Is an Employee Stock Option Plan right for your company?
Employee stock option plans (ESOP) are gaining popularity as a way for owners to transition their businesses. Companies with an ESOP can sell the business to their employees to transition from current ownership. It also allows owners to share equity with employees and provides a retirement plan for those employees.
Are there any incentives?
Iowa incentivizes the creation of an employee stock option plan to retain businesses. Iowa is unique in offering this incentive with the other close state offering this being Colorado and the incentive is limited to $3,000. The Iowa Economic Development Authority (IEDA) helps Iowa business owners complete the first step of setting up an ESOP - a feasibility study conducted by an independent financial professional.
- Reimburses 50% (not to exceed $25,000) of the cost incurred to obtain a feasibility study (the only other close state offering this is Colorado and it’s only for $3k);
- Reimbursement is dispersed in two stages: half is released upon the conclusion of the feasibility study and the remaining half after the successful formation of the ESOP, and;
- Iowa also offers a 50% reduction from state income taxes for the net gain from the sale of stock to an ESOP.
7 Reasons to Consider an ESOP
If you are unsure if an ESOP is right for your company, consider these seven benefits.
- Easier to attract and retain labor because employees can save for retirement without taking it from their paycheck.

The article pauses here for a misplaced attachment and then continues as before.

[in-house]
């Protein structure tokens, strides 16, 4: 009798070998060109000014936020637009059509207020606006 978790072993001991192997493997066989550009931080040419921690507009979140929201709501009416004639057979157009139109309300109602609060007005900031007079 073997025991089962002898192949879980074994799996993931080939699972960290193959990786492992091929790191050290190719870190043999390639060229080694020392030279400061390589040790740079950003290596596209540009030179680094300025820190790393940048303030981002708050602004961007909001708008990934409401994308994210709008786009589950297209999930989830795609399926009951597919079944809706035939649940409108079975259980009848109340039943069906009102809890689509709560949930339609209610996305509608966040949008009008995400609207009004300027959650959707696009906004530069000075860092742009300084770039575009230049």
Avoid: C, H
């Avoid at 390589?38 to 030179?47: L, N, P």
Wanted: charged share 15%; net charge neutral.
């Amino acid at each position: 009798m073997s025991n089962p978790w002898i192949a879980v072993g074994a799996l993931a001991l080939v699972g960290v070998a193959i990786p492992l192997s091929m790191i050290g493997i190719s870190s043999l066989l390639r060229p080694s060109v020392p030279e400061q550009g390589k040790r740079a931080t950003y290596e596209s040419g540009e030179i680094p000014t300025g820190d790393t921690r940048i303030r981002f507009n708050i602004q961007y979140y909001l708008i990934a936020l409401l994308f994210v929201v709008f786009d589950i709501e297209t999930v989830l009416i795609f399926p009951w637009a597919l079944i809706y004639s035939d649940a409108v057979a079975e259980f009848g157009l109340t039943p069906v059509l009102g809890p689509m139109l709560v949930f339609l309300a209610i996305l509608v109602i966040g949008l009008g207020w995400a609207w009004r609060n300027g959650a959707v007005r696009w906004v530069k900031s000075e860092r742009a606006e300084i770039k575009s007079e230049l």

- Employees tend to think more like owners, instilling a sense of accountability for business success.
- Cash liquidity, which is particularly helpful when being acquisition-minded, puts ESOP companies in a prime position to make acquisitions in the current environment.
- Any gains in the value of the ESOP are tax-deferred.
- When established, a trust is set up that invests primarily in company stock and holds its assets for the benefit of employees.
- The business owner gains liquidity by selling up to 100% of the company’s stock to the trust.
- While shares of company stock are sold to the trust, the sale does not transfer control of the company to the ESOP participants; rather, control of the company remains with the company’s management.
Do companies actually do this?
The National Center for Employee Ownership (NCEO) reports that the most common structure for broad-based employee ownership in the U.S. is the ESOP.
- Approximately 6,600 U.S. companies have an ESOP;
- Approximately 14 million U.S. workers are ESOP participants;
- The mid-west U.S. is home to the greatest number of ESOPs, and;
- In Iowa, there are approximately 160 ESOPs with over 455,000 participants.
Need help setting up an ESOP at your company? Reach out to our advisors for assistance.